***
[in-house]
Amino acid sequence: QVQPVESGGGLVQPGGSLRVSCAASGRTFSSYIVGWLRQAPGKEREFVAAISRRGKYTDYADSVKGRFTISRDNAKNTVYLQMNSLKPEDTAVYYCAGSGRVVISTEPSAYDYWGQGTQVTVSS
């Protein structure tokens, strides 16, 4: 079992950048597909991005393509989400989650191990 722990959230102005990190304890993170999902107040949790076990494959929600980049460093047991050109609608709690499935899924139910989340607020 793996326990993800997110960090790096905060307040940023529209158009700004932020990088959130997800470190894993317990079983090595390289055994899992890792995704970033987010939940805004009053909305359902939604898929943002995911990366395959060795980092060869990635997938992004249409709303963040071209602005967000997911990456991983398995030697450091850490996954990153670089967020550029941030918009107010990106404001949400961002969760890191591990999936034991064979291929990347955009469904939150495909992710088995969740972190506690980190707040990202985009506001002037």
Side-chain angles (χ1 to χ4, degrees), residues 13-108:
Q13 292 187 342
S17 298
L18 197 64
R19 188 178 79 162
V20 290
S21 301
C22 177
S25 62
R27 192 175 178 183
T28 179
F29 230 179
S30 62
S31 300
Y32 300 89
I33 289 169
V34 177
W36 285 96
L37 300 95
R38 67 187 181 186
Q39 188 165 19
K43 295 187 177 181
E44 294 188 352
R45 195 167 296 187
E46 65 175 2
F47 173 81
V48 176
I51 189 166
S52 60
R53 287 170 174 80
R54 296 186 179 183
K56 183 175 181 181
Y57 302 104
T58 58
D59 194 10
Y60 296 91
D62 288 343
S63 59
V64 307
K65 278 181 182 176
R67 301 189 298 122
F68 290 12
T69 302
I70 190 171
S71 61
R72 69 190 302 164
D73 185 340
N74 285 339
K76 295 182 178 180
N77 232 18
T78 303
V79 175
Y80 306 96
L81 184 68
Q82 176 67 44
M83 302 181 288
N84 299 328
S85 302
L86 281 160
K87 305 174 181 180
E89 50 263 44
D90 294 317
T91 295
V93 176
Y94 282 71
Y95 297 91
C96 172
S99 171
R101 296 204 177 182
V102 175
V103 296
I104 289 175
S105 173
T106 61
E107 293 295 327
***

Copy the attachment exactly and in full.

[in-house]
Amino acid sequence: QVQPVESGGGLVQPGGSLRVSCAASGRTFSSYIVGWLRQAPGKEREFVAAISRRGKYTDYADSVKGRFTISRDNAKNTVYLQMNSLKPEDTAVYYCAGSGRVVISTEPSAYDYWGQGTQVTVSS
């Protein structure tokens, strides 16, 4: 079992950048597909991005393509989400989650191990 722990959230102005990190304890993170999902107040949790076990494959929600980049460093047991050109609608709690499935899924139910989340607020 793996326990993800997110960090790096905060307040940023529209158009700004932020990088959130997800470190894993317990079983090595390289055994899992890792995704970033987010939940805004009053909305359902939604898929943002995911990366395959060795980092060869990635997938992004249409709303963040071209602005967000997911990456991983398995030697450091850490996954990153670089967020550029941030918009107010990106404001949400961002969760890191591990999936034991064979291929990347955009469904939150495909992710088995969740972190506690980190707040990202985009506001002037």
Side-chain angles (χ1 to χ4, degrees), residues 13-108:
Q13 292 187 342
S17 298
L18 197 64
R19 188 178 79 162
V20 290
S21 301
C22 177
S25 62
R27 192 175 178 183
T28 179
F29 230 179
S30 62
S31 300
Y32 300 89
I33 289 169
V34 177
W36 285 96
L37 300 95
R38 67 187 181 186
Q39 188 165 19
K43 295 187 177 181
E44 294 188 352
R45 195 167 296 187
E46 65 175 2
F47 173 81
V48 176
I51 189 166
S52 60
R53 287 170 174 80
R54 296 186 179 183
K56 183 175 181 181
Y57 302 104
T58 58
D59 194 10
Y60 296 91
D62 288 343
S63 59
V64 307
K65 278 181 182 176
R67 301 189 298 122
F68 290 12
T69 302
I70 190 171
S71 61
R72 69 190 302 164
D73 185 340
N74 285 339
K76 295 182 178 180
N77 232 18
T78 303
V79 175
Y80 306 96
L81 184 68
Q82 176 67 44
M83 302 181 288
N84 299 328
S85 302
L86 281 160
K87 305 174 181 180
E89 50 263 44
D90 294 317
T91 295
V93 176
Y94 282 71
Y95 297 91
C96 172
S99 171
R101 296 204 177 182
V102 175
V103 296
I104 289 175
S105 173
T106 61
E107 293 295 327